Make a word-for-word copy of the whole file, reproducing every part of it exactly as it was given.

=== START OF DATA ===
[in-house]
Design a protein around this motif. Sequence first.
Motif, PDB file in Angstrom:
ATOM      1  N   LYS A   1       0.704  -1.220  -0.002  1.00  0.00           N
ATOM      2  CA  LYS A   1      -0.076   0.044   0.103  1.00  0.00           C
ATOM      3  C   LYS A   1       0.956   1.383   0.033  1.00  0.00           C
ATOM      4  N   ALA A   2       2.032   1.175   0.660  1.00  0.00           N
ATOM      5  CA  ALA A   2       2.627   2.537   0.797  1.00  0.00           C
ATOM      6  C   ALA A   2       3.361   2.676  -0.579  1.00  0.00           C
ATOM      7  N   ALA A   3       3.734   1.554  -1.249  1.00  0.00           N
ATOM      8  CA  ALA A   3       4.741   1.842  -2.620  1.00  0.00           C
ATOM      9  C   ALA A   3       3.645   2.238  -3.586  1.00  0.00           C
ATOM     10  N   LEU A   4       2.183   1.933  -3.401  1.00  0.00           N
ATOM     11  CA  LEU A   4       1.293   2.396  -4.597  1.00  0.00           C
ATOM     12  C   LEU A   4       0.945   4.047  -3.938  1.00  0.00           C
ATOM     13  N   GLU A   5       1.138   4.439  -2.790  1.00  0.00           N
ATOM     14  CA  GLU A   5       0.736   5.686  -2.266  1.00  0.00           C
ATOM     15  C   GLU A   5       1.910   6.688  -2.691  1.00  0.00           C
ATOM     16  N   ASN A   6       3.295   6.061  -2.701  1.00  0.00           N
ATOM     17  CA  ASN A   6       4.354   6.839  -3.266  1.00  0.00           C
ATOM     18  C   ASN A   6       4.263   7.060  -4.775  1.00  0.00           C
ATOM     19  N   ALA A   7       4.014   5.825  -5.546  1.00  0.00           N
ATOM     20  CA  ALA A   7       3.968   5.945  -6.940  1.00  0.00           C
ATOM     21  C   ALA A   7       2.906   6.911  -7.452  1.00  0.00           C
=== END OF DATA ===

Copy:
[in-house]
Design a protein around this motif. Sequence first.
Motif, PDB file in Angstrom:
ATOM      1  N   LYS A   1       0.704  -1.220  -0.002  1.00  0.00           N
ATOM      2  CA  LYS A   1      -0.076   0.044   0.103  1.00  0.00           C
ATOM      3  C   LYS A   1       0.956   1.383   0.033  1.00  0.00           C
ATOM      4  N   ALA A   2       2.032   1.175   0.660  1.00  0.00           N
ATOM      5  CA  ALA A   2       2.627   2.537   0.797  1.00  0.00           C
ATOM      6  C   ALA A   2       3.361   2.676  -0.579  1.00  0.00           C
ATOM      7  N   ALA A   3       3.734   1.554  -1.249  1.00  0.00           N
ATOM      8  CA  ALA A   3       4.741   1.842  -2.620  1.00  0.00           C
ATOM      9  C   ALA A   3       3.645   2.238  -3.586  1.00  0.00           C
ATOM     10  N   LEU A   4       2.183   1.933  -3.401  1.00  0.00           N
ATOM     11  CA  LEU A   4       1.293   2.396  -4.597  1.00  0.00           C
ATOM     12  C   LEU A   4       0.945   4.047  -3.938  1.00  0.00           C
ATOM     13  N   GLU A   5       1.138   4.439  -2.790  1.00  0.00           N
ATOM     14  CA  GLU A   5       0.736   5.686  -2.266  1.00  0.00           C
ATOM     15  C   GLU A   5       1.910   6.688  -2.691  1.00  0.00           C
ATOM     16  N   ASN A   6       3.295   6.061  -2.701  1.00  0.00           N
ATOM     17  CA  ASN A   6       4.354   6.839  -3.266  1.00  0.00           C
ATOM     18  C   ASN A   6       4.263   7.060  -4.775  1.00  0.00           C
ATOM     19  N   ALA A   7       4.014   5.825  -5.546  1.00  0.00           N
ATOM     20  CA  ALA A   7       3.968   5.945  -6.940  1.00  0.00           C
ATOM     21  C   ALA A   7       2.906   6.911  -7.452  1.00  0.00           C